Last Updated on November 14, 2022 12:55 pm
As part of ongoing activities associated with the Boone 150 celebrations in 2022, marking the 150th anniversary of Boone’s official incorporation as a town on January 23, 1872, the Watauga County Historical Society (WCHS) has established the Watauga County Historical Society Hall of Fame. Throughout 2022, WCHS will name twelve individuals or groups—one each month—as members of the inaugural class of the WCHS Hall of Fame. For the month of October 2022, the WCHS is delighted to announce that Alfred Thomas Adams (1911-2002) has been named as the next inductee of this inaugural class of the WCHS Hall of Fame.
A Watauga County native, Alfred Thomas Adams was born to Tarlton Pulaski “Dock” Adams (1846-1922) and Mollie Isoline Tugman Adams (1877-1965) on December 3, 1911, in the Silverstone community. Alfred’s career-long interest in banking came naturally; his father was an early stockholder and director in the Watauga County Bank at Boone.
For all of those advantages, farm life appears to have played a significant role in Alfred’s education. The 1930 US Census, for example, indicated that he was a farm laborer rather than a student at age 18. A 1935 graduate of Cove Creek High School, Adams was 23 years old when he finally completed his secondary education. Nevertheless, Adams made the most of his high school experience and quickly secured a strong reputation as a leader. On April 13, 1932, Adams attended the annual Father-Son Picnic of the Cove Creek chapter of the Future Farmers of America, where he claimed first prize in a public speaking contest. His speech extolled the numerous, lifelong advantages of farm life over city life and was a huge hit with the people of Watauga County, particularly amidst the crushing weight of the Great Depression. By late 1932, Adams was vice-president of the Future Farmers organization and a frequent public speaker throughout the county. Following completion of his high school education, he attended Mars Hill College, graduating in 1937 with a degree in business.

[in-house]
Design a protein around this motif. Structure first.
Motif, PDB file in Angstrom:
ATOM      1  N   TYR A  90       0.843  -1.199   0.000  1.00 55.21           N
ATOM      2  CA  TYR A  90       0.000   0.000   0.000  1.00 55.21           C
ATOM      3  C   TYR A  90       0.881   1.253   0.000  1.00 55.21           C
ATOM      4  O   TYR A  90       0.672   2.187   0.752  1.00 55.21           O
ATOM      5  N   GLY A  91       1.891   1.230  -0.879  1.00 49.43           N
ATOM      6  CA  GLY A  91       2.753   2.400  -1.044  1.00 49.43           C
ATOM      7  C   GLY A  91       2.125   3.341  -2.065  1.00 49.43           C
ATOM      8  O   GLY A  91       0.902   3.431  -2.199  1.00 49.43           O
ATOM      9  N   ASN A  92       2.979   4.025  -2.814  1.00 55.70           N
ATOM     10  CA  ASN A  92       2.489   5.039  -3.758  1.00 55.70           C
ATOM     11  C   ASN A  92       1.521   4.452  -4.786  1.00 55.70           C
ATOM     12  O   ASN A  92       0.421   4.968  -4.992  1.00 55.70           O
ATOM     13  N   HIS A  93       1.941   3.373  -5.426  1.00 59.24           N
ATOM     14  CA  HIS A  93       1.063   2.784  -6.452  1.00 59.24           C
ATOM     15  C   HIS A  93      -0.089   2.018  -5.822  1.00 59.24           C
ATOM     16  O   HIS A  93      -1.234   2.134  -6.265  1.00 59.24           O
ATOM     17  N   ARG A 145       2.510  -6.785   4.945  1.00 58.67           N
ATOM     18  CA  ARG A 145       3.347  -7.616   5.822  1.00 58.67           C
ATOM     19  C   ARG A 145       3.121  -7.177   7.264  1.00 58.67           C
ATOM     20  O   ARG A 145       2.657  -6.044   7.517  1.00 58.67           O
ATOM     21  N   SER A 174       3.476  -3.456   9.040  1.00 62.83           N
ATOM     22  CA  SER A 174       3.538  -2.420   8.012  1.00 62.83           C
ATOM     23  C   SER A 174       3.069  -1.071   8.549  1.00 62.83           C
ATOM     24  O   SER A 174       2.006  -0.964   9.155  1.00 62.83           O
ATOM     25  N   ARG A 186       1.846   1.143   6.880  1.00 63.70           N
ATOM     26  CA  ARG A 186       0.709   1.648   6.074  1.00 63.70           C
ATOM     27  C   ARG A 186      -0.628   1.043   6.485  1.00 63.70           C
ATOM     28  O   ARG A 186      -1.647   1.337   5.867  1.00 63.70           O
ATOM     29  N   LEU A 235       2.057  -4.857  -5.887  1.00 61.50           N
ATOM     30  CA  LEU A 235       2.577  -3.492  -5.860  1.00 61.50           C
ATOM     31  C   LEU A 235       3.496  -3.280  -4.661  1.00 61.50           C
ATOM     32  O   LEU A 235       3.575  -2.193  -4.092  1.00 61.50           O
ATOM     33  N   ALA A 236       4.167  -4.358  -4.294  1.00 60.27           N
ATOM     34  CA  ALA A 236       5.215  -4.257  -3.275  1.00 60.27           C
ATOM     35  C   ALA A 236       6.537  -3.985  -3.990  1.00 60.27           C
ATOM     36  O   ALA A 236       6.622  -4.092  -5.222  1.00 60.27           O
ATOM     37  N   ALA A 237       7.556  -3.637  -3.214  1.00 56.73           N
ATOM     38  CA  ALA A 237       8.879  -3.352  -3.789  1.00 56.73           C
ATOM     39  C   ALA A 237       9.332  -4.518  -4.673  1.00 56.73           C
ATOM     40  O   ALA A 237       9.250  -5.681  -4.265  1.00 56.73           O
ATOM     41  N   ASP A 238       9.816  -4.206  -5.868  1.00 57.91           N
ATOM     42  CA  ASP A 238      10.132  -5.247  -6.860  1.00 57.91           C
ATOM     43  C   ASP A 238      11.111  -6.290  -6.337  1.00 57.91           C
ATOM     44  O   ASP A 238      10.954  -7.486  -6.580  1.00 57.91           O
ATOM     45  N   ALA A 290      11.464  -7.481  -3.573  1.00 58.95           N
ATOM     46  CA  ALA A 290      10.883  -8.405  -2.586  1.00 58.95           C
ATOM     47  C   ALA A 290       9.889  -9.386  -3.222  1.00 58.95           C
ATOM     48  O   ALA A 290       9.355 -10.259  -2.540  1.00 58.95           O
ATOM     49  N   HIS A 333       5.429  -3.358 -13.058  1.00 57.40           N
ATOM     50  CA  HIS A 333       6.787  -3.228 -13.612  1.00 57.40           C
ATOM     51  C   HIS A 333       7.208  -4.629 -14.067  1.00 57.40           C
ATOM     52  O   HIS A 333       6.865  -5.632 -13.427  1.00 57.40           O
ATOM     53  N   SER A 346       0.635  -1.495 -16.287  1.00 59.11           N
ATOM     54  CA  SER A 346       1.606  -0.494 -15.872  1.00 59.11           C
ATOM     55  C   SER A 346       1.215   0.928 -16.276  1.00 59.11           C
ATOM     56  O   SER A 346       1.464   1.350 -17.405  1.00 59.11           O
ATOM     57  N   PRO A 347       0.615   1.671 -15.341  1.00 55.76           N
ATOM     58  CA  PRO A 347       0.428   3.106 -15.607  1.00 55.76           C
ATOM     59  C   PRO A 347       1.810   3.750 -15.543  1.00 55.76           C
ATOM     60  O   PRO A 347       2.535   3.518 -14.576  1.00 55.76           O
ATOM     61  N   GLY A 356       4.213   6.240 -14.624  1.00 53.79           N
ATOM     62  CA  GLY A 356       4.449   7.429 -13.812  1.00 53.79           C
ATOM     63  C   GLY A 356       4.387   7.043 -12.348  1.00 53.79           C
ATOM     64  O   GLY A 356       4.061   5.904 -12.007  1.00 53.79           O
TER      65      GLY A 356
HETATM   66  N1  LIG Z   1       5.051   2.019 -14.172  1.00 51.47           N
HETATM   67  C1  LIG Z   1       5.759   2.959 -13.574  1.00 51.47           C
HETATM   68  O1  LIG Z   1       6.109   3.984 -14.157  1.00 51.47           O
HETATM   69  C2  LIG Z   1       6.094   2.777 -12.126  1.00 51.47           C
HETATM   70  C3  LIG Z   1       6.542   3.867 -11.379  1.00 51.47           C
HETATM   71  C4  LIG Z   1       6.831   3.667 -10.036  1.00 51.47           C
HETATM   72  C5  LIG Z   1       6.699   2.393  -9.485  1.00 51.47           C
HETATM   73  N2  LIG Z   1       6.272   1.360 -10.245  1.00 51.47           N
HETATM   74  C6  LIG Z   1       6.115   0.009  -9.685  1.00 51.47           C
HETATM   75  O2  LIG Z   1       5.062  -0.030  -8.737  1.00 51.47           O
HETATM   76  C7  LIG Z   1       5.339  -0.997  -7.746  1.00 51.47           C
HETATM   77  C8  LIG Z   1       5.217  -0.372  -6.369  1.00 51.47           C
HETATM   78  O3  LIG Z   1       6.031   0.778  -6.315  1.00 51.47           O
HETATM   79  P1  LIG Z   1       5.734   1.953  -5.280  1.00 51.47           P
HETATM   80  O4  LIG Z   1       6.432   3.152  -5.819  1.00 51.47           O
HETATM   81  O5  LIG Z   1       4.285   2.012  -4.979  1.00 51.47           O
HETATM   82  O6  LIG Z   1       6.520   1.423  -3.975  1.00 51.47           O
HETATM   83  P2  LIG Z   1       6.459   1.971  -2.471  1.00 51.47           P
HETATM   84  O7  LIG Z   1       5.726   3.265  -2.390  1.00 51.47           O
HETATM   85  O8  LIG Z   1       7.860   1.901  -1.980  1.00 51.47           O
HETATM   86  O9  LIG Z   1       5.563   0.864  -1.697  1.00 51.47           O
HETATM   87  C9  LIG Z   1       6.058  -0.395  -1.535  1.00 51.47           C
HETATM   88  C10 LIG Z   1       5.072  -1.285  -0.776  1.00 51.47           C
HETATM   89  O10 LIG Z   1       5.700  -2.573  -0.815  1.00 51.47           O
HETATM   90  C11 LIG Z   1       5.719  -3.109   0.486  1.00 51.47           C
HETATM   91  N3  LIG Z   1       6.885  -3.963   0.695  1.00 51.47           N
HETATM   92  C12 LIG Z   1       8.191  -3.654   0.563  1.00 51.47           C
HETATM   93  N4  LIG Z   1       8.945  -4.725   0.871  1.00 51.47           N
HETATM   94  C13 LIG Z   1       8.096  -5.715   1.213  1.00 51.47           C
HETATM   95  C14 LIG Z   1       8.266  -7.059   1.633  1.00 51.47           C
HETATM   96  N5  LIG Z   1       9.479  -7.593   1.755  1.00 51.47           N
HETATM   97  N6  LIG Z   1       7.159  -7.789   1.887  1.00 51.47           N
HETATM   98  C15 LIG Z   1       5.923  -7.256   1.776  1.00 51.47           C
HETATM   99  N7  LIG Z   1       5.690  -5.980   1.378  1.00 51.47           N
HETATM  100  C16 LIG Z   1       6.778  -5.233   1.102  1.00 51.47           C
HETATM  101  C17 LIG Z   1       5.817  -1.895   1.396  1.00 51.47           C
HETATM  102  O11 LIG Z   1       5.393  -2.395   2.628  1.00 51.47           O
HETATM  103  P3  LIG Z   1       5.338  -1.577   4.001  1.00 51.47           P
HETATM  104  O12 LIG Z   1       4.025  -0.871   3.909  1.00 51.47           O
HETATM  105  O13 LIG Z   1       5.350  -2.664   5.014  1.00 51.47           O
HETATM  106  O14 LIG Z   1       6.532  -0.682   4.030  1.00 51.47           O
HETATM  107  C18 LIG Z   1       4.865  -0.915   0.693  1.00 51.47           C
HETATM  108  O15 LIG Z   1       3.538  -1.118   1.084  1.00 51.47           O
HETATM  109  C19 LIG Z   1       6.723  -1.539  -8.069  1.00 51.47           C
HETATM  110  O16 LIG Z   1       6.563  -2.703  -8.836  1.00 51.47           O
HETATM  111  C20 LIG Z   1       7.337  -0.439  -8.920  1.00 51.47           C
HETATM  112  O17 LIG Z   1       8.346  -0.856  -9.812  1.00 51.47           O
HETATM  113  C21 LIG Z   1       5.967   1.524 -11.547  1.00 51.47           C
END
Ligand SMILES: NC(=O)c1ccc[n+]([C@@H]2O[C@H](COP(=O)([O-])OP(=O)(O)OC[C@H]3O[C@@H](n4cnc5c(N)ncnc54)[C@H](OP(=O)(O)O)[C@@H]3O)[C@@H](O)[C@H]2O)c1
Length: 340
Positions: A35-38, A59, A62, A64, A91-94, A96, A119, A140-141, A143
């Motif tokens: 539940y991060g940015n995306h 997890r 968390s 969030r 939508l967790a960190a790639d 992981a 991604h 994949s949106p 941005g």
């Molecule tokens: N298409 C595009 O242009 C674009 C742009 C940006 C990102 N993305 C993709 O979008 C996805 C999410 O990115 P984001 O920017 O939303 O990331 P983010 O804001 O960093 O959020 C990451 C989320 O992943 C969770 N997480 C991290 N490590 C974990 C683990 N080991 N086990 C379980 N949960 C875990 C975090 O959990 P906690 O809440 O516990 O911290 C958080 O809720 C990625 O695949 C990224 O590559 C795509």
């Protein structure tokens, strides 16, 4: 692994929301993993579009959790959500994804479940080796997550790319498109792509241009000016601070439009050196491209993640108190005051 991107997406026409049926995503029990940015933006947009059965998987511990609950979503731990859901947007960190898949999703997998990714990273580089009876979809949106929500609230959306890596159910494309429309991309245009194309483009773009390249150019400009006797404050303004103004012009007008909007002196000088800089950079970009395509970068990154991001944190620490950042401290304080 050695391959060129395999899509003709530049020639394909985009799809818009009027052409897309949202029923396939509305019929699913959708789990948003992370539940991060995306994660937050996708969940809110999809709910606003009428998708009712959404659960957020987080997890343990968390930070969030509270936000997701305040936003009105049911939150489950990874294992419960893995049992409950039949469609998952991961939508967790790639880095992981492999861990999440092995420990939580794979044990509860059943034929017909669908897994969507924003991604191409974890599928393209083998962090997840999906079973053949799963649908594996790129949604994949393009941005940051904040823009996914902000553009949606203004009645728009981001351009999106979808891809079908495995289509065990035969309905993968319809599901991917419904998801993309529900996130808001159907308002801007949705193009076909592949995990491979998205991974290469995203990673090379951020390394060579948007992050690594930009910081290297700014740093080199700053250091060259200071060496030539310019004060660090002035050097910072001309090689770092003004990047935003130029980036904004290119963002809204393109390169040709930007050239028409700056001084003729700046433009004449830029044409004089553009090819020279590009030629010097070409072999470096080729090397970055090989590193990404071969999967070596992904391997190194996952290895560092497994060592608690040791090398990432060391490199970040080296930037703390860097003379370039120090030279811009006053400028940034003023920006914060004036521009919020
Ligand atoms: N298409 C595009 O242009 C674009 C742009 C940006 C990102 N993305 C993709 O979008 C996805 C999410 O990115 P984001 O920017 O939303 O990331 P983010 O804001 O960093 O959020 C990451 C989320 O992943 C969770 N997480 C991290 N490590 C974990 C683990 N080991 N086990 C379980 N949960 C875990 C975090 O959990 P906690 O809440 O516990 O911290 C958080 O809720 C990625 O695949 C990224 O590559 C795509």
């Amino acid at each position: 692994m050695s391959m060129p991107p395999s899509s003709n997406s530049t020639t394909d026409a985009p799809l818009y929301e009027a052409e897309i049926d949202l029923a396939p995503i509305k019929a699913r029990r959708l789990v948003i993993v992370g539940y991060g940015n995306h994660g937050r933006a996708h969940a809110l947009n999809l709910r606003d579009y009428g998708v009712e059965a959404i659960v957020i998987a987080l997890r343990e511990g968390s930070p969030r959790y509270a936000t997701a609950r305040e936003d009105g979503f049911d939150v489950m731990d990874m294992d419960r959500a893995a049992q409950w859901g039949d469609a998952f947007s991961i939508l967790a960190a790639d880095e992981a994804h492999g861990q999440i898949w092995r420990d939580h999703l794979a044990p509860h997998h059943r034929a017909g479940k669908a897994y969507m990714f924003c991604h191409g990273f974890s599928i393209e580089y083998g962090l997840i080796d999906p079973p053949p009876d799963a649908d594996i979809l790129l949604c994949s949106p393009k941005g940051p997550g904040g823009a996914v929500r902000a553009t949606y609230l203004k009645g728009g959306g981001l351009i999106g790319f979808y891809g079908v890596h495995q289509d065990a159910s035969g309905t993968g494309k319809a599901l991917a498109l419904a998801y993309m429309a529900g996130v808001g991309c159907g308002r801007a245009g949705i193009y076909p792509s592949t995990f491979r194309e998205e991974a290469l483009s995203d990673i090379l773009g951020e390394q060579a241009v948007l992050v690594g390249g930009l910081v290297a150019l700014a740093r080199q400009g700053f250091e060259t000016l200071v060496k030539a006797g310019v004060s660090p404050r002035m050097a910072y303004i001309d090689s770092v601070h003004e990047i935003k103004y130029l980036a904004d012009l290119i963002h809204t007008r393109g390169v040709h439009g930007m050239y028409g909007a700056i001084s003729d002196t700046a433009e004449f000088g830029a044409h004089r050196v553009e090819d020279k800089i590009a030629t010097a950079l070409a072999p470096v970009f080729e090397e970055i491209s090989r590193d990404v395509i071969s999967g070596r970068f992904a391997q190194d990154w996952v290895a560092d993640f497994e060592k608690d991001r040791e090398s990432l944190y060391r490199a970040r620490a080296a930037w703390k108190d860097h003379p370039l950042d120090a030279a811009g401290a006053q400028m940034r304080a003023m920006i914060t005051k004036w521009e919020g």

In 1939, Adams found employment in Shouns, Tennessee, as a bookkeeper at the Maymead Stock Farm, Inc. In 1941, he returned to Boone and married Daisy Virginia Austin (1916-2014), who went on to be a popular teacher for 32 years in the Boone community. Together, the couple raised three boys, all born in the 1940s. Adams, meanwhile, secured employment as a teller at the Northwestern Bank about 1943, and by 1946, he was assistant cashier for the bank. In 1950, he was promoted to cashier, and by 1963, he was assistant vice president. For much of the 1950s through the 1970s (when Adams retired from full-time work at the bank), nearly every residential and commercial development in Boone secured financing through the Northwestern Bank, and Adams was often at the center of those deals, guiding and advising on the best ways for those deals to succeed as he protected the bank’s invested assets. He spent the last thirty years of his career as the chief executive of the bank’s Boone and Blowing Rock offices, and he also served as a member of the North Carolina State Banking Commission. Near the end of his career, Adams was inducted as a member of the 50 Year Club in the North Carolina Banking Association. He was still serving as chairman of the bank (by then First Union Bank) in 1993.